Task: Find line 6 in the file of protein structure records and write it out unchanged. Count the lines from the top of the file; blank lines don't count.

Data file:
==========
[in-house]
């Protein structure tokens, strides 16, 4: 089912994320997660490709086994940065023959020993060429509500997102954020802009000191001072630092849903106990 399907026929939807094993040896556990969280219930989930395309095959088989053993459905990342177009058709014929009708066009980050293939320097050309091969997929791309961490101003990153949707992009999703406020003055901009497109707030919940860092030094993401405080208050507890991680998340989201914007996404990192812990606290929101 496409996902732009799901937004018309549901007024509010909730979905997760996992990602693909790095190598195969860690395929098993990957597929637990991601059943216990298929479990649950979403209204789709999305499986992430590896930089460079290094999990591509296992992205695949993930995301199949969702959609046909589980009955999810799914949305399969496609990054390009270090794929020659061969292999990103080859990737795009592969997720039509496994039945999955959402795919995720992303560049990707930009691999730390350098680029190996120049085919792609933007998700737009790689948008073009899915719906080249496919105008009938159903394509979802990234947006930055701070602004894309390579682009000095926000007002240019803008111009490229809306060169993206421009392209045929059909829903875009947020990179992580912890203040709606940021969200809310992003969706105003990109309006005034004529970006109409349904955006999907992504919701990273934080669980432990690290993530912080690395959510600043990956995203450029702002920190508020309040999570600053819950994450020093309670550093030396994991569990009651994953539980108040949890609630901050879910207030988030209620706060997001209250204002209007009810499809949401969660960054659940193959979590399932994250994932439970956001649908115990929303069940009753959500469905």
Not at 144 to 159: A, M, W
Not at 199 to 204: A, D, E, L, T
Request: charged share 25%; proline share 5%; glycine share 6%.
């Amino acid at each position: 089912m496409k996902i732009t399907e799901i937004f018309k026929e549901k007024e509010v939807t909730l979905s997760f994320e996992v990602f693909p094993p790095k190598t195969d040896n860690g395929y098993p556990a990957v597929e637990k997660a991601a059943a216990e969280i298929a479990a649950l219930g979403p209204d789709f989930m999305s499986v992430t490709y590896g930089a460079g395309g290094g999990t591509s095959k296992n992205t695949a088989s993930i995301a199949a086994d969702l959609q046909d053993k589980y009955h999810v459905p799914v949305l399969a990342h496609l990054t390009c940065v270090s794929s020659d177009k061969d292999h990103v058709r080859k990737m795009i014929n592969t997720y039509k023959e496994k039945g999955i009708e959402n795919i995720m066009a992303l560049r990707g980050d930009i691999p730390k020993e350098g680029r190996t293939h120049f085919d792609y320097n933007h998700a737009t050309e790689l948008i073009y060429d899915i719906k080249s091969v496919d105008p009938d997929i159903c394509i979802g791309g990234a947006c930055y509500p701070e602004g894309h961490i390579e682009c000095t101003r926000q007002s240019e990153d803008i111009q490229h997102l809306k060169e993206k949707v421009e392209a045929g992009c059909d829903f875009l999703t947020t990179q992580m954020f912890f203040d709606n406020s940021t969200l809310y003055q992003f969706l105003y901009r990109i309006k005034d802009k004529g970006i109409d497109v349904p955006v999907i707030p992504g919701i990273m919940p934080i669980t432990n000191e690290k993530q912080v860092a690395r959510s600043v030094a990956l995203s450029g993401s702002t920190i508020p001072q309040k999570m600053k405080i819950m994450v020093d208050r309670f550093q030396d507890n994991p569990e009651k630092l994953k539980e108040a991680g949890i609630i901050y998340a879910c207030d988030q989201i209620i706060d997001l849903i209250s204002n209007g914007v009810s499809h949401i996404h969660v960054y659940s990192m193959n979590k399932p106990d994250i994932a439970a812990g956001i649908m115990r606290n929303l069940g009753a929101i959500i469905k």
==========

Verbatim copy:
């Amino acid at each position: 089912m496409k996902i732009t399907e799901i937004f018309k026929e549901k007024e509010v939807t909730l979905s997760f994320e996992v990602f693909p094993p790095k190598t195969d040896n860690g395929y098993p556990a990957v597929e637990k997660a991601a059943a216990e969280i298929a479990a649950l219930g979403p209204d789709f989930m999305s499986v992430t490709y590896g930089a460079g395309g290094g999990t591509s095959k296992n992205t695949a088989s993930i995301a199949a086994d969702l959609q046909d053993k589980y009955h999810v459905p799914v949305l399969a990342h496609l990054t390009c940065v270090s794929s020659d177009k061969d292999h990103v058709r080859k990737m795009i014929n592969t997720y039509k023959e496994k039945g999955i009708e959402n795919i995720m066009a992303l560049r990707g980050d930009i691999p730390k020993e350098g680029r190996t293939h120049f085919d792609y320097n933007h998700a737009t050309e790689l948008i073009y060429d899915i719906k080249s091969v496919d105008p009938d997929i159903c394509i979802g791309g990234a947006c930055y509500p701070e602004g894309h961490i390579e682009c000095t101003r926000q007002s240019e990153d803008i111009q490229h997102l809306k060169e993206k949707v421009e392209a045929g992009c059909d829903f875009l999703t947020t990179q992580m954020f912890f203040d709606n406020s940021t969200l809310y003055q992003f969706l105003y901009r990109i309006k005034d802009k004529g970006i109409d497109v349904p955006v999907i707030p992504g919701i990273m919940p934080i669980t432990n000191e690290k993530q912080v860092a690395r959510s600043v030094a990956l995203s450029g993401s702002t920190i508020p001072q309040k999570m600053k405080i819950m994450v020093d208050r309670f550093q030396d507890n994991p569990e009651k630092l994953k539980e108040a991680g949890i609630i901050y998340a879910c207030d988030q989201i209620i706060d997001l849903i209250s204002n209007g914007v009810s499809h949401i996404h969660v960054y659940s990192m193959n979590k399932p106990d994250i994932a439970a812990g956001i649908m115990r606290n929303l069940g009753a929101i959500i469905k």